Japrisot and Salinger

The Catcher in the Rye was published on July 16, 1951. A French version appeared two years later, perhaps the first translation into a major literary language. The translator was a young man, Jean-Baptiste Rossi, who had published his first novel three years earlier, in 1950, aged 19. He would go on to fame and fortune as a crime fiction writer, under the alias Sébastien Japrisot – an anagram of his real name.

Rossi was an obviously gifted and precocious young man. Coming from a somewhat dysfunctional family in Marseille, he studied at (and was expelled from) a Jesuit college, then at a lyceum, then at Sorbonne. It was as a university student that he finished his first novel, Les Mal partis, which became The False Start (as well as Awakening) in the Anglophone world. To quote his obituary in The Times (of London, 2003; the italics, accents and minor corrections are mine):

Les mal partis… is a remarkable, precocious achievement, and thanks to its risque theme of love between a 14-year-old boy and 26-year-old nun in wartime Marseilles, it proved something of a succès de scandale. Nelson Algren found it “more moving, more true and more profound” than Raymond Radiguet’s Le diable au corps… and when it appeared in America it sold 800,000 copies in three weeks. When it was republished in 1966, it was awarded a prize by a jury chaired by Jean-Paul Sartre.

Rossi had probably sold the rights to The False Start before it went on sale in America – else he wouldn’t have worked in advertising until the early 1960s (although I’m sure he wrote good copy). Also in 1950, he published a novella, Les visages de l’amour et de la haine (“The faces of love and hate”), but that was it for Rossi – his next major hit would only appear in 1962, signed “Japrisot.”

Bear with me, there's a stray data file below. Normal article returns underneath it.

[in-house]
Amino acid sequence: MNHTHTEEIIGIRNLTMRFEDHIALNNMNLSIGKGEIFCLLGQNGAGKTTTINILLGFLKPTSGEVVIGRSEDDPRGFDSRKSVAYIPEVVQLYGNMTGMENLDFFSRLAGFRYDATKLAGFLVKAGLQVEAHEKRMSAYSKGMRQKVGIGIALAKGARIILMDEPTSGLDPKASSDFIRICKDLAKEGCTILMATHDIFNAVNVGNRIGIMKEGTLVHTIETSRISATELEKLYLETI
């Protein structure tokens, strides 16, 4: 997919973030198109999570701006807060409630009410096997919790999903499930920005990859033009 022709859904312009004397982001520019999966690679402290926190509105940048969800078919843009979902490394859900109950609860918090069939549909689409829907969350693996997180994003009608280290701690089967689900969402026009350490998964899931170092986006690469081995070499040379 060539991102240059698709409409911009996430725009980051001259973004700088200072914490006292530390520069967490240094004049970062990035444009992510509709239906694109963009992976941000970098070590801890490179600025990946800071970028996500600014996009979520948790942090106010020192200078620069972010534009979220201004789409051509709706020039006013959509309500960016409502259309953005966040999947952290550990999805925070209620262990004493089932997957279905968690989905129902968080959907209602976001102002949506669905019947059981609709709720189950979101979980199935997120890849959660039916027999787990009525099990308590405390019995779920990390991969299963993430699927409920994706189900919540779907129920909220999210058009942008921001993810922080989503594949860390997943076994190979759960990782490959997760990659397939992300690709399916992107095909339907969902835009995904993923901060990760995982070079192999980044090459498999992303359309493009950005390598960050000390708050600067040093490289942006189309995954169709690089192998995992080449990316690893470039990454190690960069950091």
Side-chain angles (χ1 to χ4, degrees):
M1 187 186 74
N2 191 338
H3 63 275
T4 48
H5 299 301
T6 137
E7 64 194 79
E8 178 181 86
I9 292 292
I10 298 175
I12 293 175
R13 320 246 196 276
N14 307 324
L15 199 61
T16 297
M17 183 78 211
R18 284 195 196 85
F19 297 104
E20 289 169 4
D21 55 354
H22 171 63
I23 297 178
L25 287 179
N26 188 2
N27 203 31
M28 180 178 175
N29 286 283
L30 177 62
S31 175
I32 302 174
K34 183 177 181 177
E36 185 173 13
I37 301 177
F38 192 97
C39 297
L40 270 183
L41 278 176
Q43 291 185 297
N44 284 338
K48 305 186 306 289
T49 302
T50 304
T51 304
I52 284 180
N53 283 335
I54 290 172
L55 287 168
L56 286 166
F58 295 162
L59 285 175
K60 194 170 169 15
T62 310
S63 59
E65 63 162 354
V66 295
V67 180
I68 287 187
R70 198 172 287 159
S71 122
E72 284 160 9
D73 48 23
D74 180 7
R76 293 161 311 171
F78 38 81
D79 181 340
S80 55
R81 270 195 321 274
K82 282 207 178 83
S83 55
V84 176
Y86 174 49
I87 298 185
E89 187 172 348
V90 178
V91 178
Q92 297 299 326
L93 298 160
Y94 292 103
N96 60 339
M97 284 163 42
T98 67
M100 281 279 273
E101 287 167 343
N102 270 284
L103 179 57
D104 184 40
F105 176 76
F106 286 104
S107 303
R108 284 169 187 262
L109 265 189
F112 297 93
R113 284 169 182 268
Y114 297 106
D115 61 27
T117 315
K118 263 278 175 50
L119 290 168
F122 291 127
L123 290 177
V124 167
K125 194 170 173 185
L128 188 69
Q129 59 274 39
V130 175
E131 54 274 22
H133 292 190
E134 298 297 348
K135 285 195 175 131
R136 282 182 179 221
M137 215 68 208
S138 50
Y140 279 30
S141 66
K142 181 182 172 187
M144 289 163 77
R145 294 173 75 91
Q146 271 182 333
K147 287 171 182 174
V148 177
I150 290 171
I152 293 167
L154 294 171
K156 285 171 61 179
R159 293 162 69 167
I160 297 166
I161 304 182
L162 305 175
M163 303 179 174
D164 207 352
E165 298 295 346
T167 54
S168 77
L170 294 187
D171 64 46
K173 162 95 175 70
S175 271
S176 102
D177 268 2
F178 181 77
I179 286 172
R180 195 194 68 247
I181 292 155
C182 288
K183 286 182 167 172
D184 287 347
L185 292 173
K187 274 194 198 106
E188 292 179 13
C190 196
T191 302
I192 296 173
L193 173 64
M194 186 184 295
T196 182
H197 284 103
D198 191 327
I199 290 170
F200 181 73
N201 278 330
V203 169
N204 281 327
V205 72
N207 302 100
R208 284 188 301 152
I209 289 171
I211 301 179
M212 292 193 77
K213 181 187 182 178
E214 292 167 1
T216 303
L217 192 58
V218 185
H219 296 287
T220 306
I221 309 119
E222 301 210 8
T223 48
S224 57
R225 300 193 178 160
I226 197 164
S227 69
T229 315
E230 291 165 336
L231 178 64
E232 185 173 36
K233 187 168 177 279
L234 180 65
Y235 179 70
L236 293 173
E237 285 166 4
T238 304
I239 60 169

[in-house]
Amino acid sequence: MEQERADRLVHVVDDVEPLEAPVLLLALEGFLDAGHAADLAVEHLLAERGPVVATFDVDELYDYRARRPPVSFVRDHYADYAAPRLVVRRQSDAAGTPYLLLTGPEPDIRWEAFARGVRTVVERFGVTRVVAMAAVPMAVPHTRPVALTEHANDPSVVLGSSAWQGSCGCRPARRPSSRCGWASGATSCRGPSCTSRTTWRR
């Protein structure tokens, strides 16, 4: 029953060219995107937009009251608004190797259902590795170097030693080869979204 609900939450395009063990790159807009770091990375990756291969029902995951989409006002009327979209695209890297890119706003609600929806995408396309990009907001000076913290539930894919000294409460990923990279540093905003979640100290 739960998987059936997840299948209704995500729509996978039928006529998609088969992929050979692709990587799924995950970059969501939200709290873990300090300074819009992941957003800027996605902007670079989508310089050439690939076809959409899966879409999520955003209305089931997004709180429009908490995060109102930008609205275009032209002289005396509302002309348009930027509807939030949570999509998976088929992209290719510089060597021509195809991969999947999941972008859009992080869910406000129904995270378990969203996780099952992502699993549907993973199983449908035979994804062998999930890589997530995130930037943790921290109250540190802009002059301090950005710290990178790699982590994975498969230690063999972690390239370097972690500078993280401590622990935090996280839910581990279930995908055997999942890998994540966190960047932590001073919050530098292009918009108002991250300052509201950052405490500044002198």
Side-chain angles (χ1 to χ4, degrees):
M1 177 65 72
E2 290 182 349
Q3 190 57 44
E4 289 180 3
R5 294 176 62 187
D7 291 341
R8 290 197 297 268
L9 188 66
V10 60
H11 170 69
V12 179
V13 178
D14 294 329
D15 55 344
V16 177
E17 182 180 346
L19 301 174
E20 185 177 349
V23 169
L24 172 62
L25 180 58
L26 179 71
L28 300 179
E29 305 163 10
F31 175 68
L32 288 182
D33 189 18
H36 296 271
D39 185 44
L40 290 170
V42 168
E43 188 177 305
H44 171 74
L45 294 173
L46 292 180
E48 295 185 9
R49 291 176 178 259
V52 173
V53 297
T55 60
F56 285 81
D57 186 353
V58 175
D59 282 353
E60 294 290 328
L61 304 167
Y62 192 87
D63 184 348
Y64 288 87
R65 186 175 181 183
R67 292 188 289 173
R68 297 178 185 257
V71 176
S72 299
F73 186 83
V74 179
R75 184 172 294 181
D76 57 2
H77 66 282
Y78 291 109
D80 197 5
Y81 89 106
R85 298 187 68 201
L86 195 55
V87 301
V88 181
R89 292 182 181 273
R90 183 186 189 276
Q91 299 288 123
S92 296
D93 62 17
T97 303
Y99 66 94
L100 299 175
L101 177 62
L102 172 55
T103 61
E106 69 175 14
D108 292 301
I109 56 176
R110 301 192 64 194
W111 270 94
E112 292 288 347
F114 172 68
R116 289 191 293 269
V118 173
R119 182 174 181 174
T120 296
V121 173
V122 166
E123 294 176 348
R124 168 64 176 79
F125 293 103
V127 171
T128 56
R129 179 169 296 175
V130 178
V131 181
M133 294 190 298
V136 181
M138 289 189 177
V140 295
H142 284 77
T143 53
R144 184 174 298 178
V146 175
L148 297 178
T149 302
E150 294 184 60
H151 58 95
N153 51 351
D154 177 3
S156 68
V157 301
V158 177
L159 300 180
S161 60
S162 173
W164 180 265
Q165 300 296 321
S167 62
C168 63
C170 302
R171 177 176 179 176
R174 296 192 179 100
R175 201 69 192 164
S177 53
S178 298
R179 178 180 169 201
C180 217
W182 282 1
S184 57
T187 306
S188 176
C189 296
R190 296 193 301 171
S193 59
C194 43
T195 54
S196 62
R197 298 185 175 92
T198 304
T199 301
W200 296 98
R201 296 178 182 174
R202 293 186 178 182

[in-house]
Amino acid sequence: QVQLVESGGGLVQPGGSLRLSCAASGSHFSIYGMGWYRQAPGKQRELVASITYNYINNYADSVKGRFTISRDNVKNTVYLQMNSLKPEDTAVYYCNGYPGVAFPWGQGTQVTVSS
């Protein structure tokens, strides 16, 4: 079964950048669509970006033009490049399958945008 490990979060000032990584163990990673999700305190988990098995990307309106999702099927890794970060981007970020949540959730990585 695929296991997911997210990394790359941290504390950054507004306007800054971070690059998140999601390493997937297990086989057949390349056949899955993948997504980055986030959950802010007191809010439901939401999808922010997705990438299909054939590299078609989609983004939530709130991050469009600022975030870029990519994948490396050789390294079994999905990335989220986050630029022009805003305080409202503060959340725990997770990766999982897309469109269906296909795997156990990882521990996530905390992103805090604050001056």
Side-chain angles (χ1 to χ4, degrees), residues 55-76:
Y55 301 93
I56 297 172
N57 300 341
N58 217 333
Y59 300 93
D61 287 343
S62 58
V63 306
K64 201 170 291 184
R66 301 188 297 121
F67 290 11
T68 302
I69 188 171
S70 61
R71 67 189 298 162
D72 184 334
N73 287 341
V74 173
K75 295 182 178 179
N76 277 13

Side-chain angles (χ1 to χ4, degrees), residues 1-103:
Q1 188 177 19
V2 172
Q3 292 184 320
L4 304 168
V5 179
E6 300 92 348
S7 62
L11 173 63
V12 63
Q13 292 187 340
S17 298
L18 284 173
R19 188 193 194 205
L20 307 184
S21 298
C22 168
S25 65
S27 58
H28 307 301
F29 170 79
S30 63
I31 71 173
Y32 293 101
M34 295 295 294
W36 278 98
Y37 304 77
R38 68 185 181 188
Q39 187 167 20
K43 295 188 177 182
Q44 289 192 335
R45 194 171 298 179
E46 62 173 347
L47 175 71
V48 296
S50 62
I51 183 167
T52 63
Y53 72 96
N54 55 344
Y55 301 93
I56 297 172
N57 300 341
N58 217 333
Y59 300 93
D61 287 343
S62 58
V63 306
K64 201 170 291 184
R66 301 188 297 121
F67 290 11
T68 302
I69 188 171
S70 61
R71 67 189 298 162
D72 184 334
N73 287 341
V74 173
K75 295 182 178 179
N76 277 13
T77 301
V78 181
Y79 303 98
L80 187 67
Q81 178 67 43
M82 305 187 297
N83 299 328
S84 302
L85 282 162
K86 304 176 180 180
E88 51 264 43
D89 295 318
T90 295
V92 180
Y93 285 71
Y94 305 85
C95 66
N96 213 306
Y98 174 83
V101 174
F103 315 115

It’s not surprising that Robert Laffont, Rossi’s publisher, asked him to translate The Catcher in the Rye when it appeared in 1951. From The Times, once more:

…plans for a second Rossi novel, L’arlequin dans le miroir, were superseded by the insufficiently remunerative labours of L’attrappe-coeur [sic], a translation of J. D. Salinger’s Catcher in the Rye – an ideal project, given both of the authors’ empathy with the state of mind of disordered adolescence.

Before the Salinger project, Rossi (as “Robert Huart”) had translated eleven Westerns for Laffont – namely, five Hopalong Cassidy novels by Clarence E. Mulford, four post-WWII Hopalong Cassidy novels by Louis L’Amour, Trails by Night (1950) by Tom J. Hopkins, and Murder in the Outlands (1949) by James B. Hendryx. No doubt they sold well, but Rossi’s version of The Catcher flopped in France – unlike his own novels in America.

I have no idea if the poor sales had anything to do with the quality, or qualities, of Rossi’s French version. The consensus view is that Holden Caulfield’s narrative manner, especially his use of American juvenile slang from the late 1940s, lends itself rather uneasily to translation. As one critically minded observer remarked, Zazie was not yet in the Metro in 1953. At best, she was gestating in Raymond Queneau’s pataphysical womb – and so Rossi was not equipped with neo-French for dubbing Holden. This said and accepted, Queneau’s ideas could be gleaned from his collection of essays, Bâtons, chiffres et lettres, published in 1950. And, of course, Céline’s Voyage appeared in print when Rossi was still a toddler with a limited competence in any language.

I don’t expect to read L’Attrape-coeurs any time soon, but there are two minor subjects related to the Catcher I can still discuss more or less intelligently. First, its ingenious title, perhaps the first in a long line of more or less ingenious titles it would receive in languages other than English. Second, a translation error that wouldn’t be worth mentioning (all translators – good, bad, great, miserable – make errors, sometimes childish) if it hadn’t – so goes my theory – spawned a succession of translation blunders in other languages. (To be continued.)

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